For over thirty years, North Star has been investing in community organizations that are creating positive, sustainable change on the ground, where it matters most. It carries out its investment through an activist-led grantmaking process.
Although I now teach law school, my formative professional experience was in civil rights litigation. I became a civil rights lawyer because I saw the law as a medium for social change. I became involved with North Star because I understand and appreciate that meaningful social change begins at the community level. I started as a donor. The former board chair, Arva Rice, recruited me to join the board in early 2006.
Now, four years later, I’m still involved as a board member. I’m consistently impressed by North Star’s dedication to progressive community building. The staff is committed, smart, innovative, and forward-thinking.
In my capacity as a board member, I try to be a bridge between North Star and the communities that I interact with the most, which tends to be social justice lawyers and legal academics. This means connecting people who have progressive values to North Star’s work by encouraging them to donate, to attend events, or sometimes even to become board members themselves.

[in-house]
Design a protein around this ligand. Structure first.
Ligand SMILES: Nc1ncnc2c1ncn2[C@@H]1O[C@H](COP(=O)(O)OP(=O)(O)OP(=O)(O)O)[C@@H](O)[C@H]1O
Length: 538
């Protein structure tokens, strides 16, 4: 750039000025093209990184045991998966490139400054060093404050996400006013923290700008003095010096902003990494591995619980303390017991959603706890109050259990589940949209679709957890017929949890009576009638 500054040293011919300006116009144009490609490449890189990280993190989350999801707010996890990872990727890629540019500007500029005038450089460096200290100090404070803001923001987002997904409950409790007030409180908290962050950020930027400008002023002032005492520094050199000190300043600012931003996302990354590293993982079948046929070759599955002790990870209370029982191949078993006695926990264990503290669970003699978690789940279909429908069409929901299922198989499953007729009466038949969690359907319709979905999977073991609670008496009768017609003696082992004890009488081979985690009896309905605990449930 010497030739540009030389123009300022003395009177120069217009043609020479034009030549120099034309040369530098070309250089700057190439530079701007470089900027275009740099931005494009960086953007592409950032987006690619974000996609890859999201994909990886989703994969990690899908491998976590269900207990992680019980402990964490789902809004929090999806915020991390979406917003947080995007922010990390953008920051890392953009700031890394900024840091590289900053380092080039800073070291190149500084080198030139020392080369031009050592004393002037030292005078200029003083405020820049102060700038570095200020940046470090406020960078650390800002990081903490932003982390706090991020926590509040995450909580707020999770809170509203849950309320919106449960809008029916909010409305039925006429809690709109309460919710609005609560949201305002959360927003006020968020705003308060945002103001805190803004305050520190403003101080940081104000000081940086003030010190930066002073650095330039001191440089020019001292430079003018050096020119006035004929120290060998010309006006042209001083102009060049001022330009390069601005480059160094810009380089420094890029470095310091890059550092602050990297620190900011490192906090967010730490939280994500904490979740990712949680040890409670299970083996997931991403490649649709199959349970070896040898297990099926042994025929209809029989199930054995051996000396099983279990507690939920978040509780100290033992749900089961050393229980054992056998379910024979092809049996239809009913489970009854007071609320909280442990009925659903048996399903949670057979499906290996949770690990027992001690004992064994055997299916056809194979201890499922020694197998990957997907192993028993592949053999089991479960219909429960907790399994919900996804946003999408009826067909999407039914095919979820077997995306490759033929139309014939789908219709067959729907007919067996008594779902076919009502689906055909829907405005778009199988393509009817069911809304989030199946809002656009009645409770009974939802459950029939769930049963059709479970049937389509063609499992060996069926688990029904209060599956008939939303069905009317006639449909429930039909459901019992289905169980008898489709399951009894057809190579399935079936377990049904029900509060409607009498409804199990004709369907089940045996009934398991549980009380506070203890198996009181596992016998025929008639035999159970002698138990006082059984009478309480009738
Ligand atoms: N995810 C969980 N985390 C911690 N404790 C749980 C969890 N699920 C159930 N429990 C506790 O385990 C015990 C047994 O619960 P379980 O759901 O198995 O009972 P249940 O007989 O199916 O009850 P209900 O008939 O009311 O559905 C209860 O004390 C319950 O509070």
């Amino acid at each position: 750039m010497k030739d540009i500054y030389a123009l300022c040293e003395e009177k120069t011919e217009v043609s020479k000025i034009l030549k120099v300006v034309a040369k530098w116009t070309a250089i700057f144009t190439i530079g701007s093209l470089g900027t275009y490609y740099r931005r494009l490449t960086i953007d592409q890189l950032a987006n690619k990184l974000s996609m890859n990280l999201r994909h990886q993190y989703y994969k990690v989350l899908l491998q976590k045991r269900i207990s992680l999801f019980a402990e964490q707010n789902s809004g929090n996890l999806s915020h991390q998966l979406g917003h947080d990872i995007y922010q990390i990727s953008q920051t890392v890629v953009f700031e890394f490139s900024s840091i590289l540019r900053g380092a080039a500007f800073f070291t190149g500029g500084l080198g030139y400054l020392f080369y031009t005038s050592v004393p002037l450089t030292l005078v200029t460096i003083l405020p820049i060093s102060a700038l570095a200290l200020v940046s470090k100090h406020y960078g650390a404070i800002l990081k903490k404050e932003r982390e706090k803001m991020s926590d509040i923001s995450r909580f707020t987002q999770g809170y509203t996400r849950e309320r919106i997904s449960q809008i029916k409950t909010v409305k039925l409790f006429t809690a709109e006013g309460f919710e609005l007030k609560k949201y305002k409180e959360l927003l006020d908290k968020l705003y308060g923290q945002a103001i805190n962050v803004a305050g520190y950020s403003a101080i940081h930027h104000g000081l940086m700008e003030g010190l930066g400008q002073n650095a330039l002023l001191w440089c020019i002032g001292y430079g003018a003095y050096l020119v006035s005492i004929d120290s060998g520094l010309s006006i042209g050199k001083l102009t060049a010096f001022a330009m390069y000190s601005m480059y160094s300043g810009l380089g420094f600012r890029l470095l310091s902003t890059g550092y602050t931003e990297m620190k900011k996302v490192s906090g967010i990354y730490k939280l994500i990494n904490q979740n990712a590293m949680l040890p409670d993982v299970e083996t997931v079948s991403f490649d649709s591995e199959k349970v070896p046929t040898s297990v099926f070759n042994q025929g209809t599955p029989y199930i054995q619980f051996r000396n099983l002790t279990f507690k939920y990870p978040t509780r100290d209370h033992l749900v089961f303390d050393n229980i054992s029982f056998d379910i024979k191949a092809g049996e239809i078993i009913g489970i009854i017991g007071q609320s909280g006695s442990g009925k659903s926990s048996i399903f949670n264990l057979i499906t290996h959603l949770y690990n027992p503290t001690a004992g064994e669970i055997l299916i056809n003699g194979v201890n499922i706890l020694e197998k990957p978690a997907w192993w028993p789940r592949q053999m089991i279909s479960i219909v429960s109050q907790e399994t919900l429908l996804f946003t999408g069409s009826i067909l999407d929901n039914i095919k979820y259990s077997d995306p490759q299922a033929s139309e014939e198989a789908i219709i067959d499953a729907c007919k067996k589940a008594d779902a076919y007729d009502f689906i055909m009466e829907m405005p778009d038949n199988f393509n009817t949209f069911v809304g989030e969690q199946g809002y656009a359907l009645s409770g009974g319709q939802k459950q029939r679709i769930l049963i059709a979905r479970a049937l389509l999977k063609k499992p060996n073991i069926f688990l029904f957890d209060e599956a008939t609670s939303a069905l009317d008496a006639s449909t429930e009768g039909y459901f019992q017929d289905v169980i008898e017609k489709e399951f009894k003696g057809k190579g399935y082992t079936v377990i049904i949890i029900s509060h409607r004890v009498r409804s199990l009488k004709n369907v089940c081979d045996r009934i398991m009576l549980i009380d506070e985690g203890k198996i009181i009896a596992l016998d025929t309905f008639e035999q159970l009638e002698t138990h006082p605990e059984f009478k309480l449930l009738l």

I tell them that North Star deploys resources quickly and strategically—where they are needed most, and where they will have a lasting impact. But North Star does more than just fund grassroots groups; it cultivates diverse leadership through skills-building workshops for community leaders. It connects people across the city who are building social movements.
To make those connections, you need to be informed and you need to be available. North Star Fund knows what’s happening at the grassroots level all over New York City. And North Star Fund is an approachable foundation, available for groups that are new and urgent, as well as established groups with many impressive victories. That’s why I give.